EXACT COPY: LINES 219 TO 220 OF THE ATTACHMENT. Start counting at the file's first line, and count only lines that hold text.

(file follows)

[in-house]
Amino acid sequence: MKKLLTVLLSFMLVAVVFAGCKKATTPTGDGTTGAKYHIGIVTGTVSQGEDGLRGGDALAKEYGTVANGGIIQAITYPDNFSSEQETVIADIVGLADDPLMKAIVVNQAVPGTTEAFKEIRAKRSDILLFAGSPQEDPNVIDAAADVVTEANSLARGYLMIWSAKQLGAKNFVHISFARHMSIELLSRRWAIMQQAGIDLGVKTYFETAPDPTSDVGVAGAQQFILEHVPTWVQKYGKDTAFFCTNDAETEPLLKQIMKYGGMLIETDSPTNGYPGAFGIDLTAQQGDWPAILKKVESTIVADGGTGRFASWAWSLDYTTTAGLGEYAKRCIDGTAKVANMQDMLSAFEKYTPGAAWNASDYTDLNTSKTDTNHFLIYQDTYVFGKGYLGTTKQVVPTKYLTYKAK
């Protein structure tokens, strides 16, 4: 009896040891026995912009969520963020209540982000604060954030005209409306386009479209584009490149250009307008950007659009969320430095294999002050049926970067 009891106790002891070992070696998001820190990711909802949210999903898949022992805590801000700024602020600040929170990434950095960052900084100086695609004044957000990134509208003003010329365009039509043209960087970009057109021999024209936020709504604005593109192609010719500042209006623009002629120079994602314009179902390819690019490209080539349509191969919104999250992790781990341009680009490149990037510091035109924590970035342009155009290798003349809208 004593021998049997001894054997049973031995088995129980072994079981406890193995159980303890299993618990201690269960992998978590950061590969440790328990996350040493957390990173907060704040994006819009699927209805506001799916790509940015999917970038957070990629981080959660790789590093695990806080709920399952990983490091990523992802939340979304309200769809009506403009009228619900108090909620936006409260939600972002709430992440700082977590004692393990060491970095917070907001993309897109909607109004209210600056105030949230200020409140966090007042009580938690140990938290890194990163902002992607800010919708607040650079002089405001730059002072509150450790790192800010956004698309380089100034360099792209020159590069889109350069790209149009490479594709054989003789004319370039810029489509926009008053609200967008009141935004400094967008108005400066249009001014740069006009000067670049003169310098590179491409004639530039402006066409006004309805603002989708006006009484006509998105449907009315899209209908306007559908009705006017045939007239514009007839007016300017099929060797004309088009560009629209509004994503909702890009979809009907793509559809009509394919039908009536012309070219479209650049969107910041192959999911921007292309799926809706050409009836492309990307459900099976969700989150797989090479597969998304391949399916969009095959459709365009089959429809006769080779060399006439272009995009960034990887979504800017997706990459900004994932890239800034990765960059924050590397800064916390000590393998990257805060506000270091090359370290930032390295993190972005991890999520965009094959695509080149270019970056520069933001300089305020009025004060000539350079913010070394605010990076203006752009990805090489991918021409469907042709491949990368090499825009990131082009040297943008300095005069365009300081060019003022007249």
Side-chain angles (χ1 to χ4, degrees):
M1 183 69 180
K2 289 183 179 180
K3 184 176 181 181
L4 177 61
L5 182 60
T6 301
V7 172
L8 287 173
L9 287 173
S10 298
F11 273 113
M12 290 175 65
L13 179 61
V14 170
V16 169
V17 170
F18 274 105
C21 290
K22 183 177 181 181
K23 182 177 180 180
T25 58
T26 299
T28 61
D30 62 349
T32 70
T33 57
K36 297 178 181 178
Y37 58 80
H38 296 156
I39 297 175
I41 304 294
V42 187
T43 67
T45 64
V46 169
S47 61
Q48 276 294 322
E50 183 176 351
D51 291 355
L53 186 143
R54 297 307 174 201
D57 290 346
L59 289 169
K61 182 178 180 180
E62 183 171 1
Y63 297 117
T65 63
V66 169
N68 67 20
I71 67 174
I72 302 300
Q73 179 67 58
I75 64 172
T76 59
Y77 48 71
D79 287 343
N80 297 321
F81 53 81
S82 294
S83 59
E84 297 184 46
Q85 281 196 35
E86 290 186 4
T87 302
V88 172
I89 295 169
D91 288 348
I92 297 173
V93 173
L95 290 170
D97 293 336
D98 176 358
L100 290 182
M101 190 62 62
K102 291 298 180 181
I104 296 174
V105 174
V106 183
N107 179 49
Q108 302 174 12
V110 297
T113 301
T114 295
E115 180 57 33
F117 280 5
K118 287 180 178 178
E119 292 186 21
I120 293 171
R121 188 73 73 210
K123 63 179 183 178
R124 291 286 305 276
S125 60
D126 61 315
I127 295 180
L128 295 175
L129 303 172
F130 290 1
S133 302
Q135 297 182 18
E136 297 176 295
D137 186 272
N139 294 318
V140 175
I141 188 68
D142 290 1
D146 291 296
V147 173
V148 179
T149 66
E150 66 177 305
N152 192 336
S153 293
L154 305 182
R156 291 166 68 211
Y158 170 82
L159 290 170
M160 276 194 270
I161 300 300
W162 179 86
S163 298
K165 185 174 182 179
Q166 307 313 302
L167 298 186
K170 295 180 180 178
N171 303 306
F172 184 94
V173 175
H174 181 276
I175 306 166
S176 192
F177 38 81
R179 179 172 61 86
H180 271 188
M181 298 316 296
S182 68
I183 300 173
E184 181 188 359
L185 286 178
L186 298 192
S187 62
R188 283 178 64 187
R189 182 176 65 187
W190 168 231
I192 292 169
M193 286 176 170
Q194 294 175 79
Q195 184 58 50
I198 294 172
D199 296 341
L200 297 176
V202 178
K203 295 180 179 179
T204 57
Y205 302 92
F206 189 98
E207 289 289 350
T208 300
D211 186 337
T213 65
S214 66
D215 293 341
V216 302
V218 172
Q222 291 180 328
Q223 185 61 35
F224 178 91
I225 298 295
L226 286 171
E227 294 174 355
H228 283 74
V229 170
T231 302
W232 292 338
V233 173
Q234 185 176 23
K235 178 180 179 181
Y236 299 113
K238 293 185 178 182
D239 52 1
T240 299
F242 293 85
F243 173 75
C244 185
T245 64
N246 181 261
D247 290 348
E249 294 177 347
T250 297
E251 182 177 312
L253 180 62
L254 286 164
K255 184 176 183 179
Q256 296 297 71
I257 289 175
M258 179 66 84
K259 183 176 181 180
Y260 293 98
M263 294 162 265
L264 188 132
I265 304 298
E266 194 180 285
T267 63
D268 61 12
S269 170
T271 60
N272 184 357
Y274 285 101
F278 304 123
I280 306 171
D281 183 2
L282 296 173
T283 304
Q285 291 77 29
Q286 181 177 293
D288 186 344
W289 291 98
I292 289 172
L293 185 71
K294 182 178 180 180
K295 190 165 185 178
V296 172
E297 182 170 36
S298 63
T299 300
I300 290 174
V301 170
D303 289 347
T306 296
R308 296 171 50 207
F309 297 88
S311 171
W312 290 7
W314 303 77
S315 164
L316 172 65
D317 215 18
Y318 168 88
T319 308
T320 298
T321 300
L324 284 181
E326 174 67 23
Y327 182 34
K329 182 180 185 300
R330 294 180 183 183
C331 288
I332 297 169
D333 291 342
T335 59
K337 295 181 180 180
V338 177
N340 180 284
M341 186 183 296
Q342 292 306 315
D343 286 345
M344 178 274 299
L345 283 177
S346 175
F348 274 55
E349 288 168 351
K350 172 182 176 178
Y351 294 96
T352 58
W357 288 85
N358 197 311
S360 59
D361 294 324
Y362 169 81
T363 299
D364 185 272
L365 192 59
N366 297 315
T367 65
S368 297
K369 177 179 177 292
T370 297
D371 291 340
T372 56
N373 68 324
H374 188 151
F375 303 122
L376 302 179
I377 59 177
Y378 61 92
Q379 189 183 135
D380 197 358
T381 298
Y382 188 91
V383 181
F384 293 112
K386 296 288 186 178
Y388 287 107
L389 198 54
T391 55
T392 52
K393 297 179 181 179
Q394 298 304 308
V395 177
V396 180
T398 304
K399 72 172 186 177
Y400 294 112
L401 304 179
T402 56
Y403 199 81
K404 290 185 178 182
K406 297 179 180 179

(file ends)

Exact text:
D288 186 344
W289 291 98